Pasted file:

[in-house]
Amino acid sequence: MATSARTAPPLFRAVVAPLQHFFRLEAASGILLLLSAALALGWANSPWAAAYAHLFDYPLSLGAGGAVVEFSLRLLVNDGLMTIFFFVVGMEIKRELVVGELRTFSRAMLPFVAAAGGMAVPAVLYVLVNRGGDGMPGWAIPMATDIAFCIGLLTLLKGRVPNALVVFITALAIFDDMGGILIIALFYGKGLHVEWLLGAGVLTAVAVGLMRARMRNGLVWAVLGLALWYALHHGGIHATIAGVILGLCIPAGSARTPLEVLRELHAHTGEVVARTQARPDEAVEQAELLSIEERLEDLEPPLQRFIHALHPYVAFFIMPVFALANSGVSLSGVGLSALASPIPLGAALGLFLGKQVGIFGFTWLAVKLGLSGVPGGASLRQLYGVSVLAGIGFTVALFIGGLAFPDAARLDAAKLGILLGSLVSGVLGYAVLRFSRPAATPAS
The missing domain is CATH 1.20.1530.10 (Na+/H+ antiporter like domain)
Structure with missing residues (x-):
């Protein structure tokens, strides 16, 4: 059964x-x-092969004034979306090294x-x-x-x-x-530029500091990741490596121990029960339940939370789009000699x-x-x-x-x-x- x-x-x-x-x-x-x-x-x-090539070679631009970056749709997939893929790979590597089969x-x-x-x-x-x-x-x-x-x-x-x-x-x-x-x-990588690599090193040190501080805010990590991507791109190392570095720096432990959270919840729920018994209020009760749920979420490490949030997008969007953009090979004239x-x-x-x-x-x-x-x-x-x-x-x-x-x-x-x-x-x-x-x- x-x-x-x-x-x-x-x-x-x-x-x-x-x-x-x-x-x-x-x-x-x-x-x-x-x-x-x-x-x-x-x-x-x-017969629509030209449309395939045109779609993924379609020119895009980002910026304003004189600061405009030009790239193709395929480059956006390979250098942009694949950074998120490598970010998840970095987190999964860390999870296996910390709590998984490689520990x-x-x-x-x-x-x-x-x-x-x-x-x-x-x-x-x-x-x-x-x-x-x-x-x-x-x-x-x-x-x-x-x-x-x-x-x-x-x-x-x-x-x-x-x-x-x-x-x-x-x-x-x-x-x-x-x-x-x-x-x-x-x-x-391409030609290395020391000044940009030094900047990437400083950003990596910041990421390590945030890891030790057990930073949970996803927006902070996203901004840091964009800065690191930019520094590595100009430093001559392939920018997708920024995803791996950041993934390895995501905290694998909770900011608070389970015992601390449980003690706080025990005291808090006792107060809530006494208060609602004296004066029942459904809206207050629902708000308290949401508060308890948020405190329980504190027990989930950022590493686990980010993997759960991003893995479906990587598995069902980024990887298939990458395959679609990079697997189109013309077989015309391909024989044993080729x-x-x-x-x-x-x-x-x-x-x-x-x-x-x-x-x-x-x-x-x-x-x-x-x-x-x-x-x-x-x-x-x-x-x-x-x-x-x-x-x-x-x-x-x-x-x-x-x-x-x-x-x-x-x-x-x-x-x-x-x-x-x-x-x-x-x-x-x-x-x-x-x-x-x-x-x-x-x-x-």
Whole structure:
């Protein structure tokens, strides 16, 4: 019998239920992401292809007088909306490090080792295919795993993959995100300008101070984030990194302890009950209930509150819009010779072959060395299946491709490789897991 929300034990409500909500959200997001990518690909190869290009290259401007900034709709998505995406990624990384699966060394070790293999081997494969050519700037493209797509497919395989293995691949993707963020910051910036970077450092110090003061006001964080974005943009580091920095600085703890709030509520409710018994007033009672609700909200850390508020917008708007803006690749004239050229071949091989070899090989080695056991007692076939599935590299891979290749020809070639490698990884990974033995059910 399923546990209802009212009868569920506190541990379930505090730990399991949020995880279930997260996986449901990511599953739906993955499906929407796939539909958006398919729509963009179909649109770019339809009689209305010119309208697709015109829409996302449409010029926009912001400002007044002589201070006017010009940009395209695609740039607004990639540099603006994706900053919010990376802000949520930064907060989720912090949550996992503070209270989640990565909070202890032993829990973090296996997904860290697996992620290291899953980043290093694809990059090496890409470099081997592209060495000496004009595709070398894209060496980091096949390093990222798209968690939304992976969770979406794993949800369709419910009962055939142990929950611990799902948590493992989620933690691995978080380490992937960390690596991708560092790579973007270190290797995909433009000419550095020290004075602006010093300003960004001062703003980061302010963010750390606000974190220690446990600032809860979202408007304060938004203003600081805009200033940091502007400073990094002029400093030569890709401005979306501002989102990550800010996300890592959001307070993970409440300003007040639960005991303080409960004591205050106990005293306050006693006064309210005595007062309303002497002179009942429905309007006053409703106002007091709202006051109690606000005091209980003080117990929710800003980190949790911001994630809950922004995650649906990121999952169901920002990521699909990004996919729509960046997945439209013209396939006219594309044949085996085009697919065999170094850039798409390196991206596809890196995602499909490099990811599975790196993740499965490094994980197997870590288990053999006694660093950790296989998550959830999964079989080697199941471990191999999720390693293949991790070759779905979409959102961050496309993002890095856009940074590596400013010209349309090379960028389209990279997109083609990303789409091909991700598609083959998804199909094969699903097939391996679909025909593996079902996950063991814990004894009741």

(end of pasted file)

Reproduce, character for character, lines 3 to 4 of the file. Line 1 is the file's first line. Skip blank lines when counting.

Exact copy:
The missing domain is CATH 1.20.1530.10 (Na+/H+ antiporter like domain)
Structure with missing residues (x-):